Language and Social Hierarchy: Workshop on address and self-reference in Southeast Asia
Language and Social Hierarchy
Workshop on address and self-reference in Southeast Asia
Research on address and self-reference in Southeast Asian languages has highlighted the dominance of a hierarchical, kinship-based model. Hierarchy manifests itself in people’s sensitivity to age and generational, institutional and socio-economic differences.
Studies of person reference in interaction have shown that the hierarchy-based system is as fixed as it is dynamic. While the terms for indexing age and generation within the same family are not alterable, people can negotiate positioning through alternative strategies.
Despite this flexibility, it has been noted that, to convey symmetrical relations one may have to “step outside the system” in selecting terms, which illustrates of a tension between hierarchy and equality. This also tells us that social hierarchy remains the reference point relative to which practices of symmetry are measured. It also affirms our understanding of hierarchy as structurally stable ordering of social relations inherently intolerant of parity.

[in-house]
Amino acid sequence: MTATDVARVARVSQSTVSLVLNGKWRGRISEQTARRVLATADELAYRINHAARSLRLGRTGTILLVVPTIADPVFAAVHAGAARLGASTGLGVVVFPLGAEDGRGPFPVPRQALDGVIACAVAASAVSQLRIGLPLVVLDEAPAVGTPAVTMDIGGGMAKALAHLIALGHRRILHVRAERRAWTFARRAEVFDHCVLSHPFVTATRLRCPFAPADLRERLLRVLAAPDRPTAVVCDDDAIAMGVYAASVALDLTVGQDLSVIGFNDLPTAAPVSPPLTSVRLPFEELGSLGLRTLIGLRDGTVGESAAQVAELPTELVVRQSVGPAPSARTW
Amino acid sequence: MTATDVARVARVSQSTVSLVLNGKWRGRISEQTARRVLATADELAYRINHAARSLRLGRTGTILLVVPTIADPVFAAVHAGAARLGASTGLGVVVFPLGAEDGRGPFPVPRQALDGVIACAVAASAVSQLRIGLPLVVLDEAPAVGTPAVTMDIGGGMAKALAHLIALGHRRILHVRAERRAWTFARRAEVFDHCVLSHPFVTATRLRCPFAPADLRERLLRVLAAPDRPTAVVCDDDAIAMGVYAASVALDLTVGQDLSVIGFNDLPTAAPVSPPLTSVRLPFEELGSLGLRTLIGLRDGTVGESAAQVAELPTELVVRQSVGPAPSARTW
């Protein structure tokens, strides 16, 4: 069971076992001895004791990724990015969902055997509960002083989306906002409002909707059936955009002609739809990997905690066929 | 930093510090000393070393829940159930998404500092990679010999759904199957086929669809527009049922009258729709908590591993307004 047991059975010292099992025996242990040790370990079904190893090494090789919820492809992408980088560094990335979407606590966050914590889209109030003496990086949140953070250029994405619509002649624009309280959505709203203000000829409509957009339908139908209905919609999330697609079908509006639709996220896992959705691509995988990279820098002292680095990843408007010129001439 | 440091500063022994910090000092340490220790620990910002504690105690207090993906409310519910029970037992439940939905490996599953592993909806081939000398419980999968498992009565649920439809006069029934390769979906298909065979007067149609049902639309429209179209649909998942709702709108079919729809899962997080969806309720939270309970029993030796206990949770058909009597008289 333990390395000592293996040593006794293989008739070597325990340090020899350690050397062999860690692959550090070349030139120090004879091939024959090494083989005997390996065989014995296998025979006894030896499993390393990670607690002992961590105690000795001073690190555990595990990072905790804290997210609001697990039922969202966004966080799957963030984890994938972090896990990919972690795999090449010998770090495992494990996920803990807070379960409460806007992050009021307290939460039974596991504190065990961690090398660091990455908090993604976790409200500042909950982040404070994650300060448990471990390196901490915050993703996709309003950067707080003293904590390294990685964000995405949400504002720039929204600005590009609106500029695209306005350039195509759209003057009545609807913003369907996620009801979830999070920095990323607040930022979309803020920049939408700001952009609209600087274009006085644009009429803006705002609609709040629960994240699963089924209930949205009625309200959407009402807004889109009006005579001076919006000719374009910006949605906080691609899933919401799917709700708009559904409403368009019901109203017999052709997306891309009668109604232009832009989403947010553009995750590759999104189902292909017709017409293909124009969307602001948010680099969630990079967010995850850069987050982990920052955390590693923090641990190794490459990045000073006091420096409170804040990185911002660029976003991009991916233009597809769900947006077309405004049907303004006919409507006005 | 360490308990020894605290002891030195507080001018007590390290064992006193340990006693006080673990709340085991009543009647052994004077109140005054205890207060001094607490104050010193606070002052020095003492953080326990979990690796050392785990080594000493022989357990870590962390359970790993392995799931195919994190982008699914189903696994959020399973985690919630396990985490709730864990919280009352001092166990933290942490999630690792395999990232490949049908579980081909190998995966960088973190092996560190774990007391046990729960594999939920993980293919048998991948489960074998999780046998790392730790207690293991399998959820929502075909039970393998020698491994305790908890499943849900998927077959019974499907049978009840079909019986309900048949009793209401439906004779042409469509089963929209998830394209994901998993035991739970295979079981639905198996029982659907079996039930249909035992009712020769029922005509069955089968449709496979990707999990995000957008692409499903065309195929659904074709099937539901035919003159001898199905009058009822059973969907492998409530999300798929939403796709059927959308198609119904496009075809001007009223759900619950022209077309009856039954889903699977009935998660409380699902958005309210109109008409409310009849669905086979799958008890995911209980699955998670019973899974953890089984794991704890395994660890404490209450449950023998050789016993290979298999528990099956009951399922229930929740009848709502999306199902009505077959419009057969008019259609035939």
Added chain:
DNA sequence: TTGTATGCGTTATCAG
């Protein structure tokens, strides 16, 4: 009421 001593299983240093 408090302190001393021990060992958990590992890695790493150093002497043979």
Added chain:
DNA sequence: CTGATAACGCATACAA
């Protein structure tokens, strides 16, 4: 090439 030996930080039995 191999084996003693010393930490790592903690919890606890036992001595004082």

But what if it is possible to accomplish parity without stepping out of the system? How can we reconcile the tension between hierarchy and equality? Is reciprocal use of terms indexical of symmetrical relationship, or is it that we cannot assume reciprocal forms are synonymous with equal status? Is there a place for an argument that all social relations are inherently asymmetrical?
We invite scholars with expertise on Southeast Asian languages to participate in this workshop to debate these issues and offer a fresh perspective on the relationship between language and social hierarchy. In doing so, we hope to arrive at greater understanding of how addressing and self-reference practices constitute a fundamental aspect of social life in the region.
- Jack Sidnell (University of Toronto)
- Nick Enfield (University of Sydney)
- David Gil (Max Planck Institute for the Science of Human History)
- Luke Fleming (University of Montreal)
- Zane Goebel (University of Queensland)
- John Hajek (University of Melbourne)
- Fakry Hamdani (Macquarie University)
- Sarah Lee (Independent Scholar)
- Michael Ewing (University of Melbourne)
- Nerida Jarkey (University of Sydney)
- Novi Djenar (University of Sydney)
Time and Venue
Friday, 21 June: Western Tower Board Room, Level 4, The Quadrangle, University of Sydney
Saturday, 22 June: SLC Common Room 536, Brennan MacCallum Building (A18), University of Sydney
30 March 2019: Abstract due
15 April 2019: Notification of abstract acceptance
17 June 2019: Draft of paper due for circulation
21-22 June 2019: Workshop
30 October 2019: Full paper due
30 June 2020: Book proposal scheduled for submission
There is no fee for this workshop, but interested participants are asked to register by emailing Workshop Convenors (please send your email to both Novi Djenar and Nerida Jarkey).
This workshop is funded by Sydney Southeast Asia Centre